Off-Broadway Review

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  • Reviews

    Amerissiah

    Derek Ahonen's play, here in its Off-Broadway premiere after debuting Off-Off-Broadway in 2008, is as ambitious and self-defeating as the culture it sets out to save.

  • Reviews

    How Much Is Enough?: Our Values in Question

    The Foundry Theatre's new production feels like an unusual group-therapy session that, though at times forced and treacly, manages to be quite powerful in spite of itself.

  • Reviews

    Blood and Gifts

    Playwright J.T. Rogers takes a bracing, multisided look at how America came to be mired in a war against fundamentalism in Afghanistan in this gripping and absorbing drama.

  • Reviews

    The Habit of Art

    The National Theatre concludes its pilot season of broadcasts to movie theaters with a hilarious, bracing, and multileveled rumination on the creative process.

  • Reviews

    An Error of the Moon

    Historical drama becomes lurid soap opera in Luigi Creatore's "speculation" on the brothers Booth.

  • Reviews

    Ruined

    Rarely does a play take you to a corner of the world you hardly ever think about and force you to care fiercely for the people in it. Lynn Nottage's shattering work Ruined, presented by Manhattan Theatre Club in a co-production with Chicago's Goodman Theatre after a successful ...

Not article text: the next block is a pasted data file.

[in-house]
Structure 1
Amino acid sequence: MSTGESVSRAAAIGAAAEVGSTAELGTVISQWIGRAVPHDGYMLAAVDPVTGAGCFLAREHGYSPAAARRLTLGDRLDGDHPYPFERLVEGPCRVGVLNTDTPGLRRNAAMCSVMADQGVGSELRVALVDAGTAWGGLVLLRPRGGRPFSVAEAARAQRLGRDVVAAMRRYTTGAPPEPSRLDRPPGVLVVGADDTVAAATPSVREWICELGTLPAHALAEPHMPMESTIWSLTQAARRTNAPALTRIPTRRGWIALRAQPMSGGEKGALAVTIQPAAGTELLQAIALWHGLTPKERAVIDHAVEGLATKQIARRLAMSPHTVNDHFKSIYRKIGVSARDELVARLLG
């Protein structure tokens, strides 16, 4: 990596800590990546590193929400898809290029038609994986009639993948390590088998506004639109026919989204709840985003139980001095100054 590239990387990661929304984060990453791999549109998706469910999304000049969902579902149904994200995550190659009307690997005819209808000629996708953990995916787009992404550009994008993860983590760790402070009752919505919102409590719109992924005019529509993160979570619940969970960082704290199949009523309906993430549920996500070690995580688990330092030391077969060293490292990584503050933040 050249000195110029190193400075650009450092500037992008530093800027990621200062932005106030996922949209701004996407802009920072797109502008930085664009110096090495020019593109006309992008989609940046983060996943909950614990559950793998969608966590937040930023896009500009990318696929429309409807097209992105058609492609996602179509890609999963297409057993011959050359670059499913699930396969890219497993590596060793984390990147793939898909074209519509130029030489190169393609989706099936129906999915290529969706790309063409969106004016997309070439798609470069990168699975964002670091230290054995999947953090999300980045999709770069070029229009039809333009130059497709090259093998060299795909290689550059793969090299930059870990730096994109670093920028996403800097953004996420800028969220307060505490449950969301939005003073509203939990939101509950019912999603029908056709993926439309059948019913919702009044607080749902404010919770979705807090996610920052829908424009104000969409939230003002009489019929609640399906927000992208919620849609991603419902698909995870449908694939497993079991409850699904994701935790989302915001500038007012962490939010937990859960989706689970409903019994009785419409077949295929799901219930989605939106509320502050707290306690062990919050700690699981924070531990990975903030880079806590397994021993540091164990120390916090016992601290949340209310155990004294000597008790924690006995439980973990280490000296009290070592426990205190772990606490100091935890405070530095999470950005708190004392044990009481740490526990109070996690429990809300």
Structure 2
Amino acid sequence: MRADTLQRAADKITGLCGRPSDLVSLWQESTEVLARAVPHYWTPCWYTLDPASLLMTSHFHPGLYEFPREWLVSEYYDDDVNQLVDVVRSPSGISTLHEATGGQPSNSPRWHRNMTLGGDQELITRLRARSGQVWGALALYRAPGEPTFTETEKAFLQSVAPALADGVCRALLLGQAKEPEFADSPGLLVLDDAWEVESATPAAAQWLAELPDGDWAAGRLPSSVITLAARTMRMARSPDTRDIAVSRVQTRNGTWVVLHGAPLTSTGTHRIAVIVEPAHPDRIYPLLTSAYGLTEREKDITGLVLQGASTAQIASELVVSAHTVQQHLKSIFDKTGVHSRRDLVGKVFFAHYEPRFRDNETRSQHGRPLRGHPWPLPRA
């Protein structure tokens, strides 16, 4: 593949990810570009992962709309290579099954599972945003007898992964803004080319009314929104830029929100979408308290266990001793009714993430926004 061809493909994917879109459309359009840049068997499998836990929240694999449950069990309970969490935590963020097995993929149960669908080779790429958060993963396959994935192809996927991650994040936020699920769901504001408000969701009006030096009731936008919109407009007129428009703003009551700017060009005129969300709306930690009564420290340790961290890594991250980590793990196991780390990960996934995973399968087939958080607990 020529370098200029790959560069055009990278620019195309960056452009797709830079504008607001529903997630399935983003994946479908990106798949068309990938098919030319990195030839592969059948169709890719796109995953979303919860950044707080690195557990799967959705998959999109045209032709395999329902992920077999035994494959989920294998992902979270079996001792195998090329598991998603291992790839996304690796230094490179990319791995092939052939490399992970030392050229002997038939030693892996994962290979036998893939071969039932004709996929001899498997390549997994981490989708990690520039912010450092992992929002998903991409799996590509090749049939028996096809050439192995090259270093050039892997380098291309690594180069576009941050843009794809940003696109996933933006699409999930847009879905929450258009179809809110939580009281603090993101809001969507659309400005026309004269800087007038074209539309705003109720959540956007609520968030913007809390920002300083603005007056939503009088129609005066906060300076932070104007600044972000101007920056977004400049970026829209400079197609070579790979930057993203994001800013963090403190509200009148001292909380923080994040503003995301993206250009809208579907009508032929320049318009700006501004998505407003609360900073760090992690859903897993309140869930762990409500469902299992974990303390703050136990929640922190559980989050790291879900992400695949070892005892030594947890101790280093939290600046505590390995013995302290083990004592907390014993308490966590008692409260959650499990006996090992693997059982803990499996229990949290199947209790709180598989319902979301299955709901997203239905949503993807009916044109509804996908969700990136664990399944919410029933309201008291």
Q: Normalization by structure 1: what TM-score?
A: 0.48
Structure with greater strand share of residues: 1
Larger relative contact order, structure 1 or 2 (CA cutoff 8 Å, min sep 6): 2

• Reviews

    Nation

    The National Theatre of Great Britain's series of broadcasts to movie theaters continues with a sprawling fantasy that will enchant both adults and children.

  • Reviews

    Three Pianos

    While this unique combination of frat party and musical history lesson is sometimes entertaining and informative, it's way too loosey-goosey to be ultimately satisfying. Plenty of free booze, though.

  • Reviews

    Love Song

    This high-gloss production nicely nails the author-director's absurdist punch lines but is less than convincing when it comes to illuminating the play's underlying premise.

  • Reviews

    It's Always Right Now, Until It's Later

    Daniel Kitson's impeccably self-aware and comic telling of two intersecting tales seems quotidian yet represents a radical paradigm shift in how we view life itself.